Amidst alarming rise in air pollution in Delhi and surrounding areas, the Arvind Kejriwal government has decided to bring back the Odd-Even formula restricting the movement of vehicles on Delhi roads.
Under the scheme, vehicles with even registration numbers will ply on one day, while vehicles with odd numbers would be allowed on the city’s roads. The scheme may be introduced from 13 November for a week.
The scheme was first introduced by the Kejriwal government in December 2015.
This came after the Delhi High Court on Thursday said that there was an “emergency situation” vis-a-vis pollution in Delhi-NCR region and asked the Delhi government to consider vehicular odd-even scheme and cloud seeding to induce artificial rain, reported IANS.
The court also asked the Centre to hold meetings with Delhi and National Capital Region authorities to bring in short-term measures to control pollution immediately and to submit a report to it on November 16, the next date of hearing.
Issuing a slew of direction as immediate measures to control pollution in Delhi-NCR, the court banned felling of trees, ordered sprinkling of water on roads to control dust and strict enforcement of construction code to ensure that the air was not polluted.
A Division Bench of Justice S. Ravindra Bhat and Justice Sanjeev Sachdeva also directed the Chief Secretary in the Ministry of Environment and Forest and Climate Control to call an emergency meeting with his counterparts in Delhi, Haryana, Punjab, Rajasthan and Uttar Pradesh and pollution control agencies within three days to discuss ways to curb pollution.
The bench said the Chief Secretaries will also consider the feasibility of cloud seeding to bring down air pollution. This, the bench said, was not a very expensive process and Bengaluru had adopted it.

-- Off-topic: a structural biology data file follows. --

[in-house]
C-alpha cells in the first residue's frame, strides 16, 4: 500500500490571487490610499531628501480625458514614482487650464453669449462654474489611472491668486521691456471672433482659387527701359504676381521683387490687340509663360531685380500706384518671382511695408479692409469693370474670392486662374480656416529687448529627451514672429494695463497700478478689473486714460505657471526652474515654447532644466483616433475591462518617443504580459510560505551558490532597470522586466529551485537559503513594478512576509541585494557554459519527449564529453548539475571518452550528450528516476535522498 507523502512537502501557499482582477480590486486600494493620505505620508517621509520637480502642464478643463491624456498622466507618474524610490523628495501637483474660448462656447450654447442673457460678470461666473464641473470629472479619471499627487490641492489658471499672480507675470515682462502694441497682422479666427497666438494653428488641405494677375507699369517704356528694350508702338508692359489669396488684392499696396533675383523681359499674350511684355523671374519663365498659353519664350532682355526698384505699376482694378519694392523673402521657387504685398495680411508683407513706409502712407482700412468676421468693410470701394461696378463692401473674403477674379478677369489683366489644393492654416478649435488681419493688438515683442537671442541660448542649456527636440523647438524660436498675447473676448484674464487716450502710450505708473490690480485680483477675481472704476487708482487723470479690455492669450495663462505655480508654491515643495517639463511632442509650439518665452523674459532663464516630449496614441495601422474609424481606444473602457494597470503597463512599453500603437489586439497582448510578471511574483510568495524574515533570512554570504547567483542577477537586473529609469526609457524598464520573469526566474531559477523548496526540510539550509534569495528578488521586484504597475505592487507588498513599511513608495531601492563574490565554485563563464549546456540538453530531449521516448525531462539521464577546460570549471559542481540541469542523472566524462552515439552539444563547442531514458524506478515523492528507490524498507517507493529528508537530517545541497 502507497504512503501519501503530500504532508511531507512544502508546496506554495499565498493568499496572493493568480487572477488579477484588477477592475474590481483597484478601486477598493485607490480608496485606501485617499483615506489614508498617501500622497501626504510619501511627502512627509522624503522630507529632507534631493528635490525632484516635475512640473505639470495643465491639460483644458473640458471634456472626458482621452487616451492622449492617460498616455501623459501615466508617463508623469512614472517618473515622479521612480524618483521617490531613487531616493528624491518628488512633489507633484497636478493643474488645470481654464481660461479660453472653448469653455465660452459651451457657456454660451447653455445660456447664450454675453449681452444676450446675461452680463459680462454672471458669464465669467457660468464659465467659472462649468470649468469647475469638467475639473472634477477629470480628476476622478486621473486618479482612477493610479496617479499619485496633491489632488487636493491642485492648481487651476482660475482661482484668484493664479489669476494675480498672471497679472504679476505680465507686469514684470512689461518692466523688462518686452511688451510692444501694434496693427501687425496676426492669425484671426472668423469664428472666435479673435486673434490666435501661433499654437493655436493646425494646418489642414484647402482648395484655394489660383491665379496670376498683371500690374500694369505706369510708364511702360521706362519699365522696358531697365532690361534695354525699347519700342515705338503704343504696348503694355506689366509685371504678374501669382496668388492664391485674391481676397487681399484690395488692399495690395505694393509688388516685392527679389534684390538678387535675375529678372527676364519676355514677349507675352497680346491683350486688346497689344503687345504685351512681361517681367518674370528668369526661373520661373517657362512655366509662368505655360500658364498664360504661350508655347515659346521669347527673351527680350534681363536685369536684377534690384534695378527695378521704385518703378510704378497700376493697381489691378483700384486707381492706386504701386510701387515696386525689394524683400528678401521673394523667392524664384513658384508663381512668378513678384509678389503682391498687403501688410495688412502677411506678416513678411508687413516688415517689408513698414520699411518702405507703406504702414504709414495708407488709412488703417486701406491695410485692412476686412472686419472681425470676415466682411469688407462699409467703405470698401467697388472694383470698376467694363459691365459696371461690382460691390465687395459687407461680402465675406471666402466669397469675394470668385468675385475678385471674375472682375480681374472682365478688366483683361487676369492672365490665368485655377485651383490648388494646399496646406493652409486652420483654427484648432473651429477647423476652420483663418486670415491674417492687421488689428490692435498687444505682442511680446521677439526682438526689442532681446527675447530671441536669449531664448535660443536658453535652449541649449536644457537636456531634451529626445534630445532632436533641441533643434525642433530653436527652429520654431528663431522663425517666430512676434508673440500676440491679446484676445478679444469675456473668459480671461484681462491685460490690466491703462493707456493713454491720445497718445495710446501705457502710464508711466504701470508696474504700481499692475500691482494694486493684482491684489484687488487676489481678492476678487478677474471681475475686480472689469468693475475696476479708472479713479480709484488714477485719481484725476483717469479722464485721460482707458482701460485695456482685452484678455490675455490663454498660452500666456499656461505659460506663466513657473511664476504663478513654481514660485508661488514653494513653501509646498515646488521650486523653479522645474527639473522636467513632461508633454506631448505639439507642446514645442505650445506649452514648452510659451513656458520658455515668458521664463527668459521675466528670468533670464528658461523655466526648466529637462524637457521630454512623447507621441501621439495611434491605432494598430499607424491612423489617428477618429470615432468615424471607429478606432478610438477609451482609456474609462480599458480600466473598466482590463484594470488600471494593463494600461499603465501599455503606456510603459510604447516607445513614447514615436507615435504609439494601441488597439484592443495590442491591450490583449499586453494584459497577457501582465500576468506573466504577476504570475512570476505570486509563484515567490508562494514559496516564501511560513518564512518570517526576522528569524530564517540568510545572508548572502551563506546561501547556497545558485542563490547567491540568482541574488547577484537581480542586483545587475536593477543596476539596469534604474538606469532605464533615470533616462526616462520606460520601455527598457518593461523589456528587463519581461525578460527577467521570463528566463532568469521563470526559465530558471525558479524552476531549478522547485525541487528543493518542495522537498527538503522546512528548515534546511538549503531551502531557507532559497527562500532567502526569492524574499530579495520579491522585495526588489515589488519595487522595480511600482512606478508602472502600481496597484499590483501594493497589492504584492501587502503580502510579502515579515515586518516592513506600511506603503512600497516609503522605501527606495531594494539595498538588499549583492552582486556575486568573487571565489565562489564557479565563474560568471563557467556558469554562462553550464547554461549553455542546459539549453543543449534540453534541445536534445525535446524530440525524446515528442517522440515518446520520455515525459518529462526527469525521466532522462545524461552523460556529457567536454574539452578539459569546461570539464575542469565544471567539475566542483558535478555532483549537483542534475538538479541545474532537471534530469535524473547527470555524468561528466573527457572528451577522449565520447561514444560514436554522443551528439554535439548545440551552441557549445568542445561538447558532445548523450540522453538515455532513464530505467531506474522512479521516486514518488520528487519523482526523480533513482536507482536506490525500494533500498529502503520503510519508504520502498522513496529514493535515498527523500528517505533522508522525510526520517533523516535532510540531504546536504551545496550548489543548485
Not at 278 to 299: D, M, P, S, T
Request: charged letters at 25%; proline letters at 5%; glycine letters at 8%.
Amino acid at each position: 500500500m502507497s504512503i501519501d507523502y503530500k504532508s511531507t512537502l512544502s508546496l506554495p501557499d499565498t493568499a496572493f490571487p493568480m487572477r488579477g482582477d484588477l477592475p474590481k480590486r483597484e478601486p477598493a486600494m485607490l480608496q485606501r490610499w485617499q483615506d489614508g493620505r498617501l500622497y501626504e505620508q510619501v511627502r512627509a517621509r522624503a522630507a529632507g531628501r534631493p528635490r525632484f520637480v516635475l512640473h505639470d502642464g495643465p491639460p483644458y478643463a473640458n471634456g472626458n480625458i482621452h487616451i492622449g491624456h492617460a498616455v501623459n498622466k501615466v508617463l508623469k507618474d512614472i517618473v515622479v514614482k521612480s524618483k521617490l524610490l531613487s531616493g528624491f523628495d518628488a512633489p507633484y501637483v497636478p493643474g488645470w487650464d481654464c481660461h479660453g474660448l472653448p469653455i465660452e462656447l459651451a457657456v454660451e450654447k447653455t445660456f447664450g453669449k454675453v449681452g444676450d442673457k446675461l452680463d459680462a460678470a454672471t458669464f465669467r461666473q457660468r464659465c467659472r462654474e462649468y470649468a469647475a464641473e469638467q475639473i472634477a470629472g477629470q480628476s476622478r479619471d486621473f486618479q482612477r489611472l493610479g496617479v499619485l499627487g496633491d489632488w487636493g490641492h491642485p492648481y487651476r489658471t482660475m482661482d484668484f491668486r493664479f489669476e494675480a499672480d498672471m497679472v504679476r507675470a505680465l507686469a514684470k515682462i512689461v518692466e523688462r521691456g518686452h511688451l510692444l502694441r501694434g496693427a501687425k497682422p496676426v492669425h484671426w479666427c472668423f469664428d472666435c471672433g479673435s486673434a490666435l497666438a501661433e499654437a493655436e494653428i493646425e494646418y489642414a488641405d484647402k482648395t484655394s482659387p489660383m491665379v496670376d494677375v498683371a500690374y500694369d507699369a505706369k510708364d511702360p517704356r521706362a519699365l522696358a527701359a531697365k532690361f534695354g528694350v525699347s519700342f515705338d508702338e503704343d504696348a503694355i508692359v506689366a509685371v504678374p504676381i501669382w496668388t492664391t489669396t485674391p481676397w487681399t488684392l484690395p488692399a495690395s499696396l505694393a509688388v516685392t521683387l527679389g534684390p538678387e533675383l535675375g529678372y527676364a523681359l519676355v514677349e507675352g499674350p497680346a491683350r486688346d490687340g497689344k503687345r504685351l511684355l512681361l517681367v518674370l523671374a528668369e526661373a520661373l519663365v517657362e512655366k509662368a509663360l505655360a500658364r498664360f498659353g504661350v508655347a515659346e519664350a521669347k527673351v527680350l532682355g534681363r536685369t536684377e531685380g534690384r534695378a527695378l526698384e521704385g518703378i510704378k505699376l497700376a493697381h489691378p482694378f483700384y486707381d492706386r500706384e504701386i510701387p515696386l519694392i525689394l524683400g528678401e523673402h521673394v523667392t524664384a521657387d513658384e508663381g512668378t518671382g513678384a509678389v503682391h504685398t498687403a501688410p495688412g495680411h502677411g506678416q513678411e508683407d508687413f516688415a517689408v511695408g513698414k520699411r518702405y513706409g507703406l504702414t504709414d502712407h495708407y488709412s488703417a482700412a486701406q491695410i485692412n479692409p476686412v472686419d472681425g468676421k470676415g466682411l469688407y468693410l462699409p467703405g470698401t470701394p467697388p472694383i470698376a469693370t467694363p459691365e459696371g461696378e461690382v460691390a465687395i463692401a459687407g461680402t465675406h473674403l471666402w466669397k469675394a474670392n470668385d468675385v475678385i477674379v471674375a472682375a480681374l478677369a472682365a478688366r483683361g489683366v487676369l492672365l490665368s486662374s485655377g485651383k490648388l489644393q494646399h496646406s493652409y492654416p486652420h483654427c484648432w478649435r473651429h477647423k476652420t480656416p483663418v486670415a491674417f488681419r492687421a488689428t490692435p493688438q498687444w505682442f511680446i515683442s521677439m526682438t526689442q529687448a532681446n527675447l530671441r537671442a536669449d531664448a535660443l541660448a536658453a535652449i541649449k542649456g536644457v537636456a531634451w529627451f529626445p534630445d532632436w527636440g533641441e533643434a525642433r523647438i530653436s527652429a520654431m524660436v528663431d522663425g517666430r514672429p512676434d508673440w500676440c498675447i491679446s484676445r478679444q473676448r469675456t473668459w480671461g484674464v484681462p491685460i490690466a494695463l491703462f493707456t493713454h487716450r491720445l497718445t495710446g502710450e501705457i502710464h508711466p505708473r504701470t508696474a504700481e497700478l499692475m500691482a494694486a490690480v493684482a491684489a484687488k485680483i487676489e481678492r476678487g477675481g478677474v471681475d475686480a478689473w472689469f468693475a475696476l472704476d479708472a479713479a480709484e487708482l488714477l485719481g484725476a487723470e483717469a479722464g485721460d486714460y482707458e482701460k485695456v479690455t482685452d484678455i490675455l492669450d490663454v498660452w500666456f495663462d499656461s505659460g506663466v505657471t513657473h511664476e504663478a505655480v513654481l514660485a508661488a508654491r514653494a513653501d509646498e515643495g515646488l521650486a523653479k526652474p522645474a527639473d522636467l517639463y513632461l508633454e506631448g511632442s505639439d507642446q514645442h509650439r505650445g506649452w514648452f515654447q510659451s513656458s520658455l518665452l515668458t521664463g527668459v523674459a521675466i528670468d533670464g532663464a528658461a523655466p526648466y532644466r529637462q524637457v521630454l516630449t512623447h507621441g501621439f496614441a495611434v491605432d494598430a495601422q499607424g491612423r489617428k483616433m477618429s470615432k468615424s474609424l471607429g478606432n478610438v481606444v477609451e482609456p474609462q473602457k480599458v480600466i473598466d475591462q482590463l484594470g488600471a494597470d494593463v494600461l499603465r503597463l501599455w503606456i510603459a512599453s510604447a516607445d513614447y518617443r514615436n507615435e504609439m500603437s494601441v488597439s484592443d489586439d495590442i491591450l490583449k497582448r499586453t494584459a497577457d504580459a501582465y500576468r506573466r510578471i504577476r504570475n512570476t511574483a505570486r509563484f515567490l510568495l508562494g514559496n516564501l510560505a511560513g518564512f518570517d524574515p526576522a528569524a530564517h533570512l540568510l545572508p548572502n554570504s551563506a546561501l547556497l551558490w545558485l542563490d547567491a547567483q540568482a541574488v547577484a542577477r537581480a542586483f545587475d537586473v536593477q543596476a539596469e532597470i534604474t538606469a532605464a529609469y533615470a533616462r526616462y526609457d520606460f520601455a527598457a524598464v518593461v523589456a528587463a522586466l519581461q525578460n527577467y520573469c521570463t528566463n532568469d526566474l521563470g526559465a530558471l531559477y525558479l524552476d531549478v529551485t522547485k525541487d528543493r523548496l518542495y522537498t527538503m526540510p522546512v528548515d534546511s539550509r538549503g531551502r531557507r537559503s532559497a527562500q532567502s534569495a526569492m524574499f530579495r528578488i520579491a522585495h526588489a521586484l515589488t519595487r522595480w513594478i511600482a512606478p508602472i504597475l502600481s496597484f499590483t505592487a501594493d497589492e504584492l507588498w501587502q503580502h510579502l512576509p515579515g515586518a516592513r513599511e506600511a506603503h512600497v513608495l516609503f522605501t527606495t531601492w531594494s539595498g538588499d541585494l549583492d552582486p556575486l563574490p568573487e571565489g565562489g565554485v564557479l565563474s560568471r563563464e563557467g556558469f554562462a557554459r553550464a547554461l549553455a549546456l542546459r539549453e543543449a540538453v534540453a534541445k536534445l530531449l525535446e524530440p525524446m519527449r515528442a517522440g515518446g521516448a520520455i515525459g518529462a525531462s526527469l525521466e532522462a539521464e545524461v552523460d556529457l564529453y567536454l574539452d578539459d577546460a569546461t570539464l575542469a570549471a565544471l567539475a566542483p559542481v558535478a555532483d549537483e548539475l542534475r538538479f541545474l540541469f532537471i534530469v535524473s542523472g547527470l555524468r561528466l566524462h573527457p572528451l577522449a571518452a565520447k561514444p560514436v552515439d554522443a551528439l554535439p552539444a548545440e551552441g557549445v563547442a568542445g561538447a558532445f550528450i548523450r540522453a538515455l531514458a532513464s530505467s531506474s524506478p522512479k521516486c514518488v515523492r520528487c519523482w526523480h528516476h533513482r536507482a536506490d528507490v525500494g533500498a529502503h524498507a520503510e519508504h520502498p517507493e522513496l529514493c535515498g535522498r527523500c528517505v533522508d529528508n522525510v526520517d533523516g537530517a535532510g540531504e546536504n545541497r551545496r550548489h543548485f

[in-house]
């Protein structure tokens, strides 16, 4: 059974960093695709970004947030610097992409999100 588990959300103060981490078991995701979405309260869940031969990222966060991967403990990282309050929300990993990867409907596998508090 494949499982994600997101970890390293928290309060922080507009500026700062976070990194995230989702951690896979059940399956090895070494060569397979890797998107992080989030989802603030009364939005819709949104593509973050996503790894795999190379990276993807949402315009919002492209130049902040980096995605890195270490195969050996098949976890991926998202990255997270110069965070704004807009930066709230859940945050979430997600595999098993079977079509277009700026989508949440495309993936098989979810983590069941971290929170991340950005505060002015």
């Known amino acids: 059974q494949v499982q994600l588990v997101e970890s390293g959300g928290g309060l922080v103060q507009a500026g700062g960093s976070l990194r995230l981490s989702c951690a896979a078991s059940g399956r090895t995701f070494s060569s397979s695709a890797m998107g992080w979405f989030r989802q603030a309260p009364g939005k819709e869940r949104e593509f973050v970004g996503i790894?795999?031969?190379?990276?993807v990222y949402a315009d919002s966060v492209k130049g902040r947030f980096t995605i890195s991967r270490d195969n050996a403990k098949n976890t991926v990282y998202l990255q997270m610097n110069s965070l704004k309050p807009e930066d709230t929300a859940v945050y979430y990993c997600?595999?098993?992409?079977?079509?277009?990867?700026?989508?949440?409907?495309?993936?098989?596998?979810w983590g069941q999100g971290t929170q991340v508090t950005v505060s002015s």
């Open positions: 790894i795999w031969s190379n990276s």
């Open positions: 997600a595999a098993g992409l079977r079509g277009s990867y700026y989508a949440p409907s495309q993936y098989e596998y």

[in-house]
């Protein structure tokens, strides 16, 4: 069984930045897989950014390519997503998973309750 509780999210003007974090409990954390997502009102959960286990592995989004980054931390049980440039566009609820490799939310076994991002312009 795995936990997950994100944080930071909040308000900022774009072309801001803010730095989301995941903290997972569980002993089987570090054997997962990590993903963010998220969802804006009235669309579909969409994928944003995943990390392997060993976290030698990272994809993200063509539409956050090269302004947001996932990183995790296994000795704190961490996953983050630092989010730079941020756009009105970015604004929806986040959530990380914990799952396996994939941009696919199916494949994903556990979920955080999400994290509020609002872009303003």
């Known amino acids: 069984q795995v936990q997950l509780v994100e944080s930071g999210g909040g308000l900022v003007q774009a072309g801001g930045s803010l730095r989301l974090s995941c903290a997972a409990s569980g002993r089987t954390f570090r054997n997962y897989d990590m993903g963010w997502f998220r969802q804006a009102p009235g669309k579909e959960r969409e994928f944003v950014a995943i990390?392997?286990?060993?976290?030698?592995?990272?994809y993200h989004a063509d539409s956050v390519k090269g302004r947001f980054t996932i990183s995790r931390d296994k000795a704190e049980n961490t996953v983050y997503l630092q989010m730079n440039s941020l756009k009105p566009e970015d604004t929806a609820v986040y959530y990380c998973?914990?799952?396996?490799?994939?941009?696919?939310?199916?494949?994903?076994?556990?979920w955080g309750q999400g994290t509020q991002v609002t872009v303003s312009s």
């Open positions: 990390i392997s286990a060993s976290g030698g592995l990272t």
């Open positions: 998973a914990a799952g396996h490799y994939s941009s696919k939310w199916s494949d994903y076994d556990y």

The court asked the Delhi government to consider bringing back the odd-even scheme — under which vehicles of odd and even registration numbers, with exceptions, ply on roads on designated days — to control traffic congestion and unclog the capital.
But the court questioned the government move to increase parking rates by four times.
“If somebody has to go to a hospital or buy important items, he ends up paying four times more for the parking,” the bench said.
The court said that though stubble-burning was the “visible villain”, authorities should address the “other elephants in the room” such as dust generated by road and construction activity as well as vehicular and industrial pollution.
“London has faced this kind of air pollution. They term it as pea soup fog, which is a killer fog. This is a deadly mixture of construction and vehicular dust and other factors,” the bench said.
The court also directed the Delhi government to conduct a survey of all hospitals in the national capital on availability of oxygen to deal with emergency situations with regard to vulnerability of children and senior citizens.
It told the Delhi government to strictly regulate the entry of trucks into the city.
The court was hearing a suo motu case it initiated in 2015 to control air pollution in the national capital.